alexa Sucking, chewing, and feeding habits and the development of crossbite: a longitudinal study of girls from birth to 3 years of age.


Pediatric Dental Care

Author(s): Larsson E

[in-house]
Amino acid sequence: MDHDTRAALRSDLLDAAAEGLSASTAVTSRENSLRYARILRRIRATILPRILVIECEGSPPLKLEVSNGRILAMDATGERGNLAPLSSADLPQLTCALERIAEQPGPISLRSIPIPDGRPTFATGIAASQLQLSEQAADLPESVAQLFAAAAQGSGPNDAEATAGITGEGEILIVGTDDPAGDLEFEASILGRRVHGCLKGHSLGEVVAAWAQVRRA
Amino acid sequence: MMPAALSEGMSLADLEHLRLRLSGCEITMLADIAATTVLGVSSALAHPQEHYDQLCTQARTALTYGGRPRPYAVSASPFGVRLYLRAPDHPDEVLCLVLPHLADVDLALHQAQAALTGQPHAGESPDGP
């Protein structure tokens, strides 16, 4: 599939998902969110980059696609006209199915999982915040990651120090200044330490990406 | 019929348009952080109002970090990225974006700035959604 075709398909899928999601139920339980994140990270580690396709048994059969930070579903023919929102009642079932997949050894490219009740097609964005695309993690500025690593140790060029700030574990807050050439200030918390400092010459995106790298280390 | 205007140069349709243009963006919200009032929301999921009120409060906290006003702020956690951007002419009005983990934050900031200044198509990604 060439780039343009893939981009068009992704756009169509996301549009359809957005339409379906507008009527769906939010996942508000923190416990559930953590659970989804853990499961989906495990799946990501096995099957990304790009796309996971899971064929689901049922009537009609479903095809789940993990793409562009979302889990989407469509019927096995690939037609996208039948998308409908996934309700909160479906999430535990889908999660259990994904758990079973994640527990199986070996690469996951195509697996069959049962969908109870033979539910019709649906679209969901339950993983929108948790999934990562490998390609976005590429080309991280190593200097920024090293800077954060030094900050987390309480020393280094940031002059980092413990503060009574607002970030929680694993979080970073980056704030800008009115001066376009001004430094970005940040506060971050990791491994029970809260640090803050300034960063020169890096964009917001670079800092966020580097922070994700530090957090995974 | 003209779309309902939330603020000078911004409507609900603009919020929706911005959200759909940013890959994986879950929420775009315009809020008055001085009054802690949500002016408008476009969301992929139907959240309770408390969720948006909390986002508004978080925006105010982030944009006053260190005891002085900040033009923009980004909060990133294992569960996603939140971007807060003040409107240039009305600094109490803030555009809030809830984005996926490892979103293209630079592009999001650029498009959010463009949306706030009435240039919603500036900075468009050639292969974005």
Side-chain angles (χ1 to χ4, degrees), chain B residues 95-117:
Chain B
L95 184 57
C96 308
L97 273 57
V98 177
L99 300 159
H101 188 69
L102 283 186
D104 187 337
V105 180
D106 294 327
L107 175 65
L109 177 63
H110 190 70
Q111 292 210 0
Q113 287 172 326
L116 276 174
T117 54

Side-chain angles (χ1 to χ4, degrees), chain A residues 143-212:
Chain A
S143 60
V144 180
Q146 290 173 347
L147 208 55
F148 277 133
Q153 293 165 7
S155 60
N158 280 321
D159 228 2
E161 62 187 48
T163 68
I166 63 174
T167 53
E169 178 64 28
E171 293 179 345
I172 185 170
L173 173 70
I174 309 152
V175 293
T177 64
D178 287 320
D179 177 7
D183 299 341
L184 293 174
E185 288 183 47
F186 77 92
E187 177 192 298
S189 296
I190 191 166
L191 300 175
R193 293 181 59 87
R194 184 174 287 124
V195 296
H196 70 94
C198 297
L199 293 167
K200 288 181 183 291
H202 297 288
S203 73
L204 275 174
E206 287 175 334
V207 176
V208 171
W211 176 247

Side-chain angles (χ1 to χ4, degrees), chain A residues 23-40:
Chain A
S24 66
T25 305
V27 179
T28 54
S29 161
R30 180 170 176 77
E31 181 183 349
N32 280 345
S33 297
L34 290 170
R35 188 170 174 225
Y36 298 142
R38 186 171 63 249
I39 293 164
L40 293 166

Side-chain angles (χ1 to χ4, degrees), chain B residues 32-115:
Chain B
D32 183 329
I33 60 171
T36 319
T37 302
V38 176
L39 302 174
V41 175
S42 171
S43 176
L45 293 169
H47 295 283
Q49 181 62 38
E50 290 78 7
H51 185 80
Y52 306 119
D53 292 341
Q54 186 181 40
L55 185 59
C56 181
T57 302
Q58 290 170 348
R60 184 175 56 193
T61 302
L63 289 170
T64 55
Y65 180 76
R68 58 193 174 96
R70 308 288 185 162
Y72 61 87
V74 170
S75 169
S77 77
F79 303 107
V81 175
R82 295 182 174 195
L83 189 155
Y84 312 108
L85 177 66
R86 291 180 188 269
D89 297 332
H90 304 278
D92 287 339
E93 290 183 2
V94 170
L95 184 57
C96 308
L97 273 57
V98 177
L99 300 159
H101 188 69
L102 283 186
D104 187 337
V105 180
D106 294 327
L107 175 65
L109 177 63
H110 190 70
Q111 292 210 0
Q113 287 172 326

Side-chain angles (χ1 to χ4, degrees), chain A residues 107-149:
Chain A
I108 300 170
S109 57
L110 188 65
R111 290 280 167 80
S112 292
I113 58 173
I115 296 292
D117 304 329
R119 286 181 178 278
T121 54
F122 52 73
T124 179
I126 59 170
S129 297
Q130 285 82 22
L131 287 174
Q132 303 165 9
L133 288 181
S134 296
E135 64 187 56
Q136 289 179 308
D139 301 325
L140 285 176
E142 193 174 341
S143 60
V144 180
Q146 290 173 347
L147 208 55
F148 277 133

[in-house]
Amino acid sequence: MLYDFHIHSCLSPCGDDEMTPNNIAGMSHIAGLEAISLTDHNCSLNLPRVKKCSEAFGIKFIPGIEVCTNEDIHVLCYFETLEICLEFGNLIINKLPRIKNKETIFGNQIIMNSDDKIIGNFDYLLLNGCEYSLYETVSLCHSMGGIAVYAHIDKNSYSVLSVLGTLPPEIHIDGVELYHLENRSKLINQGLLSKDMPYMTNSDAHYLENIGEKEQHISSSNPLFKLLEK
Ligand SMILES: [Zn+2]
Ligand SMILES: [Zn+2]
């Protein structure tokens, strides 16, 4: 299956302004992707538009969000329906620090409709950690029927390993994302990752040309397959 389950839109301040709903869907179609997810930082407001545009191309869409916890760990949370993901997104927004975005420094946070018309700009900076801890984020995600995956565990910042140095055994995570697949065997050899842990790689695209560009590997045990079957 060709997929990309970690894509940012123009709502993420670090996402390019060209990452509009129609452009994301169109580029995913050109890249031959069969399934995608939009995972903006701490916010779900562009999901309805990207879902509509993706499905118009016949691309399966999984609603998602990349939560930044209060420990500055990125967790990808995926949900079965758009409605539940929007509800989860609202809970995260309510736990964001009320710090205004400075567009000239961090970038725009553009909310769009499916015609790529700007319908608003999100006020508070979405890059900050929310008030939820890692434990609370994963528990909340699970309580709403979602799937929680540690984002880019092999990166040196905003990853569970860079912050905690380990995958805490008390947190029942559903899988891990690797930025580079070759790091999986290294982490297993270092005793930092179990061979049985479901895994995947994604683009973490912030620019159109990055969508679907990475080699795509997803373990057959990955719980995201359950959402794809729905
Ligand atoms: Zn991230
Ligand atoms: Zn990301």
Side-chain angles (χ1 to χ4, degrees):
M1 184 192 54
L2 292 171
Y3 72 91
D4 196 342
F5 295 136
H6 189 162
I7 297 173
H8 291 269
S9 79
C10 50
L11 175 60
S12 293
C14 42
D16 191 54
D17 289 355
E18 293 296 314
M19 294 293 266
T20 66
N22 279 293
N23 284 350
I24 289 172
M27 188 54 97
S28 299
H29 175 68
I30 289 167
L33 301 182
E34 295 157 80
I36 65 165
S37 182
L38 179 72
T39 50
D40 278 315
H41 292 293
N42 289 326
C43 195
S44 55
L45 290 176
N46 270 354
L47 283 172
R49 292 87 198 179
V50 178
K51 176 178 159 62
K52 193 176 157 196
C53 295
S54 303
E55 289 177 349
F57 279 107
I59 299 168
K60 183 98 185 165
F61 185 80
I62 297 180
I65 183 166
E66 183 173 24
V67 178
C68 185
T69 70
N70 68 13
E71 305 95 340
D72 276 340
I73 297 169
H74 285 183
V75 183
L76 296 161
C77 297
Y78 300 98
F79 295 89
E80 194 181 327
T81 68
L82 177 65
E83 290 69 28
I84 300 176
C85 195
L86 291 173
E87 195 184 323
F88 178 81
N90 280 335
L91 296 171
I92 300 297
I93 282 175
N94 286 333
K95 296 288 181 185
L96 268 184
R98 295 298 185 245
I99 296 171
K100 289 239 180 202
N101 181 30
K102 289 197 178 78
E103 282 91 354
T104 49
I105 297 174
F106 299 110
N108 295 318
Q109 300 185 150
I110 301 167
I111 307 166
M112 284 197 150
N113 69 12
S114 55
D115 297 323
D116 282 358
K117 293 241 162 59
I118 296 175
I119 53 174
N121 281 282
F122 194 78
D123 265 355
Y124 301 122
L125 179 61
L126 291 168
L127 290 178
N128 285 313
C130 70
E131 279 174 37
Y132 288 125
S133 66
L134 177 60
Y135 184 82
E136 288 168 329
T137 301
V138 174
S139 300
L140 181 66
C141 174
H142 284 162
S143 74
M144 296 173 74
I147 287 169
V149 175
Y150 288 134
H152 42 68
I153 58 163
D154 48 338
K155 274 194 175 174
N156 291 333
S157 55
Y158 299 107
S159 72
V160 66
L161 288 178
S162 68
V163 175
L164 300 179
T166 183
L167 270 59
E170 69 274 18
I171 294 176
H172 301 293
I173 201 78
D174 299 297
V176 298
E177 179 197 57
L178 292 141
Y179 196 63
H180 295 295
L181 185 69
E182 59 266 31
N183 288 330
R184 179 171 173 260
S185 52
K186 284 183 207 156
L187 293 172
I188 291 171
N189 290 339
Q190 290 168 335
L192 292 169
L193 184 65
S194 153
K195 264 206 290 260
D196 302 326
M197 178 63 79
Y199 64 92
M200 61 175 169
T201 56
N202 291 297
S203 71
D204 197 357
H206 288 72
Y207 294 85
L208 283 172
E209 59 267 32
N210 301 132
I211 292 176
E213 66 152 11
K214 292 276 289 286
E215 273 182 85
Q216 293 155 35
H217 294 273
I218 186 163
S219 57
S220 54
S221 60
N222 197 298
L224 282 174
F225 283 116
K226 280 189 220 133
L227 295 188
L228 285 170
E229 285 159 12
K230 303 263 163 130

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Abstract The prevalence of posterior crossbite among pacifier-sucking girls in Falköping, Sweden, was previously found to be 26\%. The aim of this investigation was to follow the development of crossbites in pacifier suckers and to determinate the possibility of reducing the prevalence of crossbite by informing and instructing the parents about sucking habits and reducing the time the child has the pacifier in the mouth. Parents of 60 consecutively born girls belonging to St Olof's health district, Falköping, Sweden, were invited to take part in the study. All parents agreed to participate. Five interviews or examinations of each girl took place from birth until 3 years of age. Fifty-four (90\%) of the 60 girls were breast-fed. The mean duration of breast-feeding was 8 months, and 67\% of the girls were breast-fed for half a year or more. Forty-three children (72\%) developed a pacifier-sucking habit, 6 (10\%), a digit-sucking habit, and 11 (18\%), no sucking habits. The mean duration of breast-feeding was longer for the nonsuckers (11 months) than for the pacifier- and digit-sucking children (5 months). Of the 39 girls who still had the pacifier habit at 3 years of age, 2 had developed a posterior crossbite. Another girl stopped the habit when a crossbite was registered at the 2 1/2-year examination. At the next appointment, the crossbite had corrected itself spontaneously. One of the 2 girls with crossbite at 3 years of age developed a prenormal occlusion with both anterior and posterior crossbites. For 12 more pacifier suckers, an interfering contact was noted with a forced guidance of the mandible and a midline shift. In all 12 cases, the interfering teeth were primary canines. We conclude that parents should be instructed to reduce the "in the mouth time" of the pacifier. The transverse occlusal relationship in pacifier-sucking children should be evaluated between 2 and 3 years of age. If interfering contacts of the primary canines exist, the parents should be instructed to reduce the pacifier-sucking time. This article was published in Angle Orthod and referenced in Pediatric Dental Care

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